"The label you give yourself cannot impact external forces that are not motivated by your own psychology or influenced by a third party's pre-existing consciousness of you. We are all presented with reasons to struggle which come from completely external forces; to pretend that one is not struggling is either arrogance or an admission of defeat. To admit that one is struggling is a sign and a source of strength." - Evan A. Baker

Friday, August 21, 2009

Well, That Happened

So I had a commercial representation audition yesterday with an agency I've been wanting to get into for YEARS. Prestigious? Yes. Good auditions? From what I've heard, yeah. Famous clients? Check. In fact, one of them (who is now starring in the new Miley Cyrus movie) is a kid I directed for my senior directing class in college, when he was just a weeeeee freshman.

At any rate, when I did my huge agency submissions in early July, I only heard back from 1 out of the 22 agencies I submitted to. And when we met with each other, we were mutually unimpressed. So when I got a call a month and a half later asking if I was still interested in meeting with them for commercial rep all I could say was, UM, YES!

I contacted two of my most successful booking friends, JenIsIris and Phoenix to ask them their advice. 1) What technical info do I need to know for booking commercials, and 2) WTF does "hip and trendy" mean, and how do I look that way? Cause I know I need to look good for this audition, and I know commercial breakdowns ask this of their actresses all the time. And if you knew me, you'd know that I am a jeans and tank top girl. And utterly clueless.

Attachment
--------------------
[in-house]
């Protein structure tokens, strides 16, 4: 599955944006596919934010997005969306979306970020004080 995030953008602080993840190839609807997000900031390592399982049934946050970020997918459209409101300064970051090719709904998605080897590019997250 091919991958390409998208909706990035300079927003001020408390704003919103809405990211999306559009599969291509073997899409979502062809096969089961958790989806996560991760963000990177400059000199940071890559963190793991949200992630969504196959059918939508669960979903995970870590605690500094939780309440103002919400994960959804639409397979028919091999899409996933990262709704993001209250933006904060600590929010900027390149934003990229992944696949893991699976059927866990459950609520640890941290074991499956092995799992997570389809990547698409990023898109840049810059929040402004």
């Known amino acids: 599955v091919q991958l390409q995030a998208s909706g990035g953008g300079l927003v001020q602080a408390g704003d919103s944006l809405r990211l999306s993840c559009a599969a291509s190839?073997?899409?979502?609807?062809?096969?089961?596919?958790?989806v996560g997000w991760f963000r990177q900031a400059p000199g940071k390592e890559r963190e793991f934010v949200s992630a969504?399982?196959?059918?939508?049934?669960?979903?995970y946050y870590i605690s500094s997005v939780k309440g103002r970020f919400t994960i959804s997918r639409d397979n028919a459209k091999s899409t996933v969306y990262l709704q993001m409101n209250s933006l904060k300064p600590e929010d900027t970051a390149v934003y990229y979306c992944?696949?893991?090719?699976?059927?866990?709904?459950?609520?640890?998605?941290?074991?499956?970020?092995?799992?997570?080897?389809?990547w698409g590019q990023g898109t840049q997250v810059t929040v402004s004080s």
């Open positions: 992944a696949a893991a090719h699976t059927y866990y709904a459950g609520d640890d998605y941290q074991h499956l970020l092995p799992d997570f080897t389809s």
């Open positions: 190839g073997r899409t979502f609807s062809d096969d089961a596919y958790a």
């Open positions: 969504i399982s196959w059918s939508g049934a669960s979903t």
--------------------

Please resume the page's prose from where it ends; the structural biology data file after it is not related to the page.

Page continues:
They gave me awesome acting advice (including that even commercials have a beginning, middle and end.) and their clothing advice made me realize that necklaces, earrings and bracelets from Forever 21 will do me miracles.

So I get to the agency and am very happy that it's only 3 miles from where I live. That meant I only had to leave 20 minutes ahead of my appointment to get there in time!

I am given the rundown by a very thorough and kind receptionist and am given a "Women's Sides" folder to go through. There are about 6 different commercial copy sides to choose from and I am to pick one to perform for the agent and his assistant/subagent.

It takes me a long time to decide which of the sides are the least difficult. It takes me a LONG time to figure this out. I have never taken a commercial class. I've been meaning to. But THANK GOD I had contacted two of my best booking actress friends, JenIsIris and Phoenix. They gave me some awesome advice and tips for how to look "hip and trendy," which is what a struggling actress like myself must present herself as being. As Phoenix said, cool enough to be the girl next door you want to buy products from, but not too hot that middle america can't relate. I think it all comes down to wearing lots of jewelry from Forever 21. At any rate, I pick my sides (playing Mother Nature and explaining, ha ha, I make you women bleed! for Tampax) do all the tricks I was told and add a little improv bit which is just absolutely perfect and cycles the character from bitchy to friendly, and then back to bitchy, and am actually quite pleased with the work that I put all together for it.